Haunts The Spaces In The Poems By Revisiting Them | Interview with Andy Armitage

Andy Armitage is a poet and editor from Leeds, West Yorkshire. He won First Place in the Leeds Museum Poetry Interview with Andy ArmitageCompetition (2017),  was Highly Commended in the York Literature Festival Competition (2018) and Commended in the Elmet Poetry Prize (2018). He has a PhD in English after completing a thesis on the myth in Ted Hughes and Sylvia Plath’s poetry at Victoria University of Wellington (NZ). Some of his articles for the British Library and The Ted Hughes Society are below.

His poetry appears in Strix, Acumen, Riggwelter, The High Window and Dream Catcher in the UK and Poetry NZ, The NZ ListenerTurbine and JAAM in New Zealand. His first chapbook Letters to a First Love from the Future was released by Half Moon Books on 21 July 2018.

 


Which poets influenced your work most, specifically your debut collection?
Ted Hughes and W.B. Yeats are probably the poets who have influenced me the most but it was after reading Pablo Neruda’s book ‘Twenty Love Poems and a Song of Despair’ that I decided to write ‘Letters to a First Love from the Future’ – I aimed for 21 poems like Neruda – but ended up keeping 22. Somehow Neruda made love poetry okay for me to write. I don’t think a writer in English had written anything like ‘Twenty Love Poems and a Song of Despair’ and I wanted to write a Northern working class version of his poems.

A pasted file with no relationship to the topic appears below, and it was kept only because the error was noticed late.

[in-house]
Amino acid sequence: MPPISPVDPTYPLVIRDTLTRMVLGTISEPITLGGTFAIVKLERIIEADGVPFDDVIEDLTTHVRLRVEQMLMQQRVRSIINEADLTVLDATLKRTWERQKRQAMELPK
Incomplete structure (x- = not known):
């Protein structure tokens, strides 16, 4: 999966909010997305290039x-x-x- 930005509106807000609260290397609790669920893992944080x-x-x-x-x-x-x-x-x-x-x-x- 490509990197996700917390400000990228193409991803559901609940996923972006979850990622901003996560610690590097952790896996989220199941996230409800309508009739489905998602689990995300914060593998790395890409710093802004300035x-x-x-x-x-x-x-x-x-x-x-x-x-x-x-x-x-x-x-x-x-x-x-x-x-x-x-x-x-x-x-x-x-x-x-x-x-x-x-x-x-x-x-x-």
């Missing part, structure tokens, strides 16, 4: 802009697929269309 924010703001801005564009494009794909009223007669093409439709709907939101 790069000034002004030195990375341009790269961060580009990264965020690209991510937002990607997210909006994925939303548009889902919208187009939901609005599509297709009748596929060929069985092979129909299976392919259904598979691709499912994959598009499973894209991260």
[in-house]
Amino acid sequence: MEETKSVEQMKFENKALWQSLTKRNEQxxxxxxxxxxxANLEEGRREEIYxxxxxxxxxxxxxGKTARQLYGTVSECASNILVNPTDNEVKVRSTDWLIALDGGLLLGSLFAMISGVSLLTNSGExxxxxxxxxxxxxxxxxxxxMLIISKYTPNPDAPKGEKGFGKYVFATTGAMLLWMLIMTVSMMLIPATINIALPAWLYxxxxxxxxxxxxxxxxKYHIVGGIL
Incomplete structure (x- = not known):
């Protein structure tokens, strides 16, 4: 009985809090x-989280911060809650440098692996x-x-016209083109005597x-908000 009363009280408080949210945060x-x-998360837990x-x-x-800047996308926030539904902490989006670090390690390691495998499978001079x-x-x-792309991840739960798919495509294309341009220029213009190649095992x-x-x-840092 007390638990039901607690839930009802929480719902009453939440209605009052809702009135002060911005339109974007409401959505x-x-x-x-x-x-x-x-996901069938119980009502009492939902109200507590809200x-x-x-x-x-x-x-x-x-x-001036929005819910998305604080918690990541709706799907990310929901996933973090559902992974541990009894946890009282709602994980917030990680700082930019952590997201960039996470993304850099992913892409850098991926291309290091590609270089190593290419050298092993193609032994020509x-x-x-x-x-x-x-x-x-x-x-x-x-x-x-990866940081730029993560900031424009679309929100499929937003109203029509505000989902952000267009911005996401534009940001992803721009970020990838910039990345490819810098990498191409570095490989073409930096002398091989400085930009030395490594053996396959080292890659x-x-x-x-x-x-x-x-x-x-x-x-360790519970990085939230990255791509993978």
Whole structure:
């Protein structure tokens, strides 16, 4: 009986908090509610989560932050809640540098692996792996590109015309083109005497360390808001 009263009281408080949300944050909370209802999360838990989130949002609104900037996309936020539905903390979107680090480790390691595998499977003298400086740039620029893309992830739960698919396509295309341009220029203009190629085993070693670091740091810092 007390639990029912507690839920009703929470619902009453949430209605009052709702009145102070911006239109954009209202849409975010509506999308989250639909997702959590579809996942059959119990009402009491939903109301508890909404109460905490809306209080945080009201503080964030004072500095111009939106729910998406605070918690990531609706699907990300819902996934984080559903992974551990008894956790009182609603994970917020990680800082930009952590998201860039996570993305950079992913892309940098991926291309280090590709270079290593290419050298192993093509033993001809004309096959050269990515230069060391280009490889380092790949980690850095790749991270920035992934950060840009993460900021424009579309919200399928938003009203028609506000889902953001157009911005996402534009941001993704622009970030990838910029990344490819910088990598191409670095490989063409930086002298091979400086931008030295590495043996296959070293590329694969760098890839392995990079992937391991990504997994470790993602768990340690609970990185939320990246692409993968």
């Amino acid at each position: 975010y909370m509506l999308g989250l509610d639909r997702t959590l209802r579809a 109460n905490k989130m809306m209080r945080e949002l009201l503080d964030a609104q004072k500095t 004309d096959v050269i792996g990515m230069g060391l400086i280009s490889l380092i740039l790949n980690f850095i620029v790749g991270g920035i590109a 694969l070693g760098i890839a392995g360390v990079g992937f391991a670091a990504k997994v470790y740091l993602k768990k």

Romalyn Ante described your collection ‘Letters to a first love from the future’ as These beautiful and moving poems, like a special love, will continue to haunt you, long after they have spoken.’ Was this haunting effect something that you were aiming for in the collection?
It’s a lovely phrase; Helen Mort and Yvonne Reddick also described ‘Letters to a First Love from the Future’ as ‘haunting’. I think that word readily suggests itself in relation to these poems because the narrator (from the future) is haunted by his past and, in a way, haunts the spaces in the poems by revisiting them and refusing to move on.

Your PhD thesis is on the myth in Ted Hughes and Sylvia Plath work. Have they been big influences on your work, if so in what way?
Yes, they have both been a significant influence on my writing. They were both incredibly talented in many ways. In particular I admire the unflinching unsentimental register they employ in their poems and the way they have used myths to make particular events/objects/relationships in their lives seem timeless and universally relevant .
Which poets are you reading at the moment?
Currently reading Kavh Akbar’s ‘Calling a Wolf a Wolf’, a book of poems about alcoholism and and Tom Weir’s Ruin – Tom is one of the emerging poets to watch; I’d highly recommend both books.
What next? Are you working on a second collection?
I’m working on new poems that I hope will turn into my next book. The last poem I wrote was about the Yorkshire Ripper.

 

You can purchase Letters From A First Love Here

Photo by Matt Artz on Unsplash


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